A blog post

Employees beware – Don’t get “dooced”

Posted on the 02 September, 2011 at 7:21 pm Written by in News, Social Media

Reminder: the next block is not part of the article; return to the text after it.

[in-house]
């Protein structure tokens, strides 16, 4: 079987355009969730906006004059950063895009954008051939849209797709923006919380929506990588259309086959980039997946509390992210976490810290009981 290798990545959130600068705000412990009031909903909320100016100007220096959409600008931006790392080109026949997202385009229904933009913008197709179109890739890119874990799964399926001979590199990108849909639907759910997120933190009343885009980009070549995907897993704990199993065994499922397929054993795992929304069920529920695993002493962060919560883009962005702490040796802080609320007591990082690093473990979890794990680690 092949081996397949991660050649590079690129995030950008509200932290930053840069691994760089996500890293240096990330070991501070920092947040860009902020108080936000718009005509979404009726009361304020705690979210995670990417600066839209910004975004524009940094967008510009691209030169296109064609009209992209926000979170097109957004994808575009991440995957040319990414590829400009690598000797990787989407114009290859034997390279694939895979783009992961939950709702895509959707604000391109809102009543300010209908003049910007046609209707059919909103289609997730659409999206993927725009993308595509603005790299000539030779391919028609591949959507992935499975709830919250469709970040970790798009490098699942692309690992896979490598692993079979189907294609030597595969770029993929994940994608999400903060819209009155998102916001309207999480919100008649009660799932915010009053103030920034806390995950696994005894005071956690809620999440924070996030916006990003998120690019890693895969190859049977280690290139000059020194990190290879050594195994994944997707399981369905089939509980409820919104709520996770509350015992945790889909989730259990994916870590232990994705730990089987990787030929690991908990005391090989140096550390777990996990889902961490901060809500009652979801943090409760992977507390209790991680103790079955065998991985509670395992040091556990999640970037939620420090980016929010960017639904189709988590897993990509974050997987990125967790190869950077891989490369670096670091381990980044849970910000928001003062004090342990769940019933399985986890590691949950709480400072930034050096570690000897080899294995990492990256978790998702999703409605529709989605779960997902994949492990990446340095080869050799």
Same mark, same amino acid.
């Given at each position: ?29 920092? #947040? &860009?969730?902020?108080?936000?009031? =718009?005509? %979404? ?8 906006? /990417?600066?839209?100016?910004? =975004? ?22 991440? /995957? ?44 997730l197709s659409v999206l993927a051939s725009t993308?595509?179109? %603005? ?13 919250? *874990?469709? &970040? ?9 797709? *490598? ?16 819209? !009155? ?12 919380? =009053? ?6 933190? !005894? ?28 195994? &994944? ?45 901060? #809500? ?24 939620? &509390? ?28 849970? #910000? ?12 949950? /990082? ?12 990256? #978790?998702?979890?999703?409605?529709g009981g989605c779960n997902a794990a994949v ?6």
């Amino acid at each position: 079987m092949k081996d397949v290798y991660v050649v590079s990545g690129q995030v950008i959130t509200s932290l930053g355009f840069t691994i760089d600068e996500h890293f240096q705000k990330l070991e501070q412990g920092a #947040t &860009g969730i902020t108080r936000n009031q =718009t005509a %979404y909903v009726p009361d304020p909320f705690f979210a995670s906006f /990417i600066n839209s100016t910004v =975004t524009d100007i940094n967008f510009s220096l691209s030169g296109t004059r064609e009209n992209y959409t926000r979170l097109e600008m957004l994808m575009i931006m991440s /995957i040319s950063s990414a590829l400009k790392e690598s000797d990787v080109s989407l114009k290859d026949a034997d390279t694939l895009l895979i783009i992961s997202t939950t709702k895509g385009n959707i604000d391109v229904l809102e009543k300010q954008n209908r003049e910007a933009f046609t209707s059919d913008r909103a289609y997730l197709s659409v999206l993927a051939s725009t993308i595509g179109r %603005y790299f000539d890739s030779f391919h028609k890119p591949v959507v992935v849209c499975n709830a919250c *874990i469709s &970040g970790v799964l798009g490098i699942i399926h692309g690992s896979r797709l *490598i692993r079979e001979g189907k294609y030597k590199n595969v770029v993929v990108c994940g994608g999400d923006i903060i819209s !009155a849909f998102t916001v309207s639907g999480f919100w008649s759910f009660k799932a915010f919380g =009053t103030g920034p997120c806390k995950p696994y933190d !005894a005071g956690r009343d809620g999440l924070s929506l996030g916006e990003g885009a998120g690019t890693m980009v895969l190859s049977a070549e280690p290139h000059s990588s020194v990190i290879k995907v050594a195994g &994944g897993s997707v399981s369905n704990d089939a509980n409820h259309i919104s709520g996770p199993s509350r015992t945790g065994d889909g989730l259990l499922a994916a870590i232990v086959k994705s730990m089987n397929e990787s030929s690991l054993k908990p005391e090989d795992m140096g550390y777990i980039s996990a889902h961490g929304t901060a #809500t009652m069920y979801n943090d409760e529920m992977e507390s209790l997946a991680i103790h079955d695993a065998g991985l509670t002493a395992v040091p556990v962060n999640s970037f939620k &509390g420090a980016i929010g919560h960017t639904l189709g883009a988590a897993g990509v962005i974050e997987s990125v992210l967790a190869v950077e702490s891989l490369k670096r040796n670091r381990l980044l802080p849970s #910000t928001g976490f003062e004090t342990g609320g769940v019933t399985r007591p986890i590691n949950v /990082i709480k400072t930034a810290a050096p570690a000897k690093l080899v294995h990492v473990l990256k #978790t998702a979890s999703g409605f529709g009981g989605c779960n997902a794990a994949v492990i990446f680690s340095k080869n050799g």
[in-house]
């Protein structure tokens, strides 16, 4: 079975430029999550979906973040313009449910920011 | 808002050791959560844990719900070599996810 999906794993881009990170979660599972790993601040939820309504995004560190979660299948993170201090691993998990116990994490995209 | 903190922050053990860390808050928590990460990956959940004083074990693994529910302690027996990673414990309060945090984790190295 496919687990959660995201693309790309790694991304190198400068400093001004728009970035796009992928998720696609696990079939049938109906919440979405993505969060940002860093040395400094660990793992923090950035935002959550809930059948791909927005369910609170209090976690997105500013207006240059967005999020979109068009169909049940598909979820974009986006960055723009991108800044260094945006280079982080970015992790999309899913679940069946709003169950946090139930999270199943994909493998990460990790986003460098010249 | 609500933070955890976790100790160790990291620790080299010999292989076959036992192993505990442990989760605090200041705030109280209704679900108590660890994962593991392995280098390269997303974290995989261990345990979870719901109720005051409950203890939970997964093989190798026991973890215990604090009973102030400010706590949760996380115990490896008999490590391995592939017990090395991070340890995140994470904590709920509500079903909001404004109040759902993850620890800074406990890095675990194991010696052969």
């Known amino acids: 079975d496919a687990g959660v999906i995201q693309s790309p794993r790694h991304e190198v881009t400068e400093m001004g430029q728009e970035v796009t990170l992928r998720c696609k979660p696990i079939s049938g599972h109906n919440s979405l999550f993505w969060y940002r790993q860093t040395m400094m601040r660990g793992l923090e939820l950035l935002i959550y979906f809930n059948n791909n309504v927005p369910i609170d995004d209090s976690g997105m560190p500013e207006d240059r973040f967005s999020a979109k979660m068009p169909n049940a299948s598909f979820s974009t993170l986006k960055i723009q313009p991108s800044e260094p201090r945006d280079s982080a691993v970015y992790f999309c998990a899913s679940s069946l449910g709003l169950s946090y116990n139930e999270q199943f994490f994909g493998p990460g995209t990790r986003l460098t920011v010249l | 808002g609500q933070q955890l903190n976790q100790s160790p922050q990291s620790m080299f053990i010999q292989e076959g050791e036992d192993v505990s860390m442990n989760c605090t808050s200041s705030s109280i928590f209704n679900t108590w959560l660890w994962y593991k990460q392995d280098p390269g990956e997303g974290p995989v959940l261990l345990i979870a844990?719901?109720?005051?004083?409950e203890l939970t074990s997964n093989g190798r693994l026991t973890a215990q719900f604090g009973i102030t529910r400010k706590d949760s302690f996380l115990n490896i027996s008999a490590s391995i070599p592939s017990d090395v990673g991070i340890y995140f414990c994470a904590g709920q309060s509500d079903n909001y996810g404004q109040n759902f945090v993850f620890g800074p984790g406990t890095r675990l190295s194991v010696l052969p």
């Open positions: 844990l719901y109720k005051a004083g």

In my last post I referred to a few South African employees who had the misfortune of being dismissed as a result of their posts on facebook. In web lingo we would say that these employees were “dooced “rather than dismissed. According to webopedia.com dooce means: v.) To lose ones job (fired) because of something you have publicly posted in a blog. The most common usage of the word is dooced (eg. she was dooced). The word was ironically coined in 2002 by Heather B. Armstrong, or Heather B. Hamilton, as she was known at the time, when she was dismissed as a result of work she had published on a personal website. Heather, who is one of todays most successful professional bloggers started, dooce.com, a personal website in 2001. Her intention was to use it to write about popular culture, music, and her life as a singleton. Unfortunately she included certain unflattering comments about her boss and certain colleagues in the workplace on dooce.com. After all, she (like the many employees we hear about) never anticipated that dooce.com would be visited by many people let alone her boss. Alas, one year later Heather was called in by the boss and dooced! Heather provides the following sage advice to employers and employees: “My advice to you is BE YE NOT SO STUPID. Never write about work on the internet unless your boss knows and sanctions the fact that YOU ARE WRITING ABOUT WORK ON THE INTERNET. If you are the boss, however, you should be aware that when you order Prada online and then talk about it out loud that you are making it very hard for those around you to take you seriously.” Employees need to be made aware of: 1. How to use social media responsibly; 2. The employer’s specific expectations around the use of social media and social networking sites both inside and outside the workplace; 3. The potential consequences for the irresponsible use of social media. Employers need to adopt a multifaceted approach to achieve the above. The approach should at least include: 1. The implementation of a social media and social networking policy to guide employee use of social media and networking inside and outside the workplace; 2. The provision of training to employees on the use of social media and networking and their impact (good and bad) on the workplace; and 3. A disciplinary code which covers violations of the social media policy and provides guidelines on appropriate sanctions for such violations. Vanessa

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